The Stop Shopping Church Service coincided with a protest of the Coalition of Immokalee Workers in the U.S, challenging the power of American supermarkets. Just like in Europe large supermarket chains hold a key position in the market, which enables them to pay rock bottom prices to their suppliers. Farmers can hardly survive and are forced to cut costs – and often the farm workers are hit worst. Examples of ridiculously low wages, inhumane circumstances and outright slavery are found all over the countryside. The tomato pickers decided that it was time to get organised and stand up against the excesses. The strategy they use is to take their demands straight to the powerful supermarkets that cause the misery. The workers demand is simple: “one penny a pound'': if the supermarkets pay just one penny more for each pound of tomatoes, it would mean twice as much income for the pickers.
After applying some pressure several large supermarket chains have given in and agreed to spend a tiny bit of their megaprofits on paying a fairer price for tomatoes from now on. But multinational corporation Ahold – owner of some major supermarket chains in the US as well as Albert Heijn – keeps refusing. That was the reason for the Coalition to take their mobile museum of modern day slavery to the Ahold HQ in Quincy Massachussets – to expose the reality behind the corporation's profits and increase the pressure.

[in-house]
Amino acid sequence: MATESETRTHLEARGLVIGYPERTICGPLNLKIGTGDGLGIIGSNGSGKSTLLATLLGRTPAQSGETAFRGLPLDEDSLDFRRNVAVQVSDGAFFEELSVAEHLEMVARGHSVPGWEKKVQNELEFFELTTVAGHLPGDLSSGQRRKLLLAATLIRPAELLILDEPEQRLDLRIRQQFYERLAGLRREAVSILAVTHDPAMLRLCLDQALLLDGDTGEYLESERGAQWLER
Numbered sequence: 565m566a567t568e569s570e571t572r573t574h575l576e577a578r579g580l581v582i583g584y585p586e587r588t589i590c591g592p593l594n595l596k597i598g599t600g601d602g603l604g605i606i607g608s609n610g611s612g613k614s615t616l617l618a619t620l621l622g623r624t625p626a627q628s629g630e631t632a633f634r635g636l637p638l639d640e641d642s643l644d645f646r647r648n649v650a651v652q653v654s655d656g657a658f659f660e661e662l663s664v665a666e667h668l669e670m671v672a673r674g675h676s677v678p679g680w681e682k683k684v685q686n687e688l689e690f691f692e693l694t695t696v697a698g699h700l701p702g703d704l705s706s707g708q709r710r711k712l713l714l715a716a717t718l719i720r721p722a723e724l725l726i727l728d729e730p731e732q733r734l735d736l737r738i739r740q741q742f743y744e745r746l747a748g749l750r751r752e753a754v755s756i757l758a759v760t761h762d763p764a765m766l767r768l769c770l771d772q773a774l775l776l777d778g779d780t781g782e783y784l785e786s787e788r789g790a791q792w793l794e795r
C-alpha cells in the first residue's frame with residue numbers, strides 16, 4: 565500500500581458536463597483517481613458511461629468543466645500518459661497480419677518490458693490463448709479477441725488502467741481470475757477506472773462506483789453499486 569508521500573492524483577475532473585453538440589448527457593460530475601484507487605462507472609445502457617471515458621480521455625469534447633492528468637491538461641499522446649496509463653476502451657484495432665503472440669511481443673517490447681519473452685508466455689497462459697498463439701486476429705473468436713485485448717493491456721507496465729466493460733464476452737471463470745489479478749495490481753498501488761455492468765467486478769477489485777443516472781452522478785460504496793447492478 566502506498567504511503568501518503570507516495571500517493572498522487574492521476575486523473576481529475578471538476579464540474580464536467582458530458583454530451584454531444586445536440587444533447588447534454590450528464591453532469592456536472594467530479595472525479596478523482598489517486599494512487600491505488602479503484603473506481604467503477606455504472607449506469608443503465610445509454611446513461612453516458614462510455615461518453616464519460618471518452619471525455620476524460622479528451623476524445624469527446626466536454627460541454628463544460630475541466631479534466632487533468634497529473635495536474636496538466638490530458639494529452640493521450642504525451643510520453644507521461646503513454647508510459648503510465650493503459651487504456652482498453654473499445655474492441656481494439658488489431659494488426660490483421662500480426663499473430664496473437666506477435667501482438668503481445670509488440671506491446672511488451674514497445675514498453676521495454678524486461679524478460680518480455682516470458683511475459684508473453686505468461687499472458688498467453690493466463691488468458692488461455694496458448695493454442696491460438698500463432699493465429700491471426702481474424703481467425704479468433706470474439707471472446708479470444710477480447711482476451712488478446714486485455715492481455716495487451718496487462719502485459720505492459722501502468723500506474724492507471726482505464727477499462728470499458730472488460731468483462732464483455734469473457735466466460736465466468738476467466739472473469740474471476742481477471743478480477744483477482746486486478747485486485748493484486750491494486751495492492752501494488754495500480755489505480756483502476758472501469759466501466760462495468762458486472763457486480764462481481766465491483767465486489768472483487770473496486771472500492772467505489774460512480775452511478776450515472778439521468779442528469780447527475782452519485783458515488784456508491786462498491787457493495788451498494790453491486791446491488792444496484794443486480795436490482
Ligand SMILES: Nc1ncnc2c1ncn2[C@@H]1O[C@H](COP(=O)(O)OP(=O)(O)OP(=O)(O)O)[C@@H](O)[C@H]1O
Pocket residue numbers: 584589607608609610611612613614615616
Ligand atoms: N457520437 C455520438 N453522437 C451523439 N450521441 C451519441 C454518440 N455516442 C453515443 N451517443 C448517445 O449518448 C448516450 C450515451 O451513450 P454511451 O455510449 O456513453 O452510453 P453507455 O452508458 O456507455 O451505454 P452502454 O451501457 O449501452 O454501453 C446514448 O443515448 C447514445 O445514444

But the home of Ahold is situated in Amsterdam and that is where the loud procession of the Church of Stop Shopping was heading on this special day. After the congregation knelt down to say their anticapitalist prayers in front of the multinational HQ on the Piet Heinkade, Reverend Billy – who claims to be a direct descendent of Dutch settlers from Staphorst – called upon the Ahold employees to save their souls and come outside to join the Church.
He delivered a passionate sermon praising corporate spying and lying as a source of holy inspiration. He connected the Sacred powers of mother Earth with Visions of the divine ingestion of tomatoes in the form of ketchup, soups, salads and pasta sauces. After the Holy Communion the Ahold spokesperson came out to receive documents and recommendations from a prominent church member. He assured the congregation that the company is taking the issue 'very serious' and stated that Ahold had even suspended buying ultra low-priced tomatoes. However, he could not deny that this was probably due to the fact that the next tomato harvest had not yet started, as Marijke from OKIA (Ondersteunings Kommittee Illegale Arbieders (Den Haag)had to remind him. Not quite reassured the believers left, brooding on future divine interventions.
Praise to the farm workers and Immokaluiah. Amen!
You can listen to some audio about the action as well.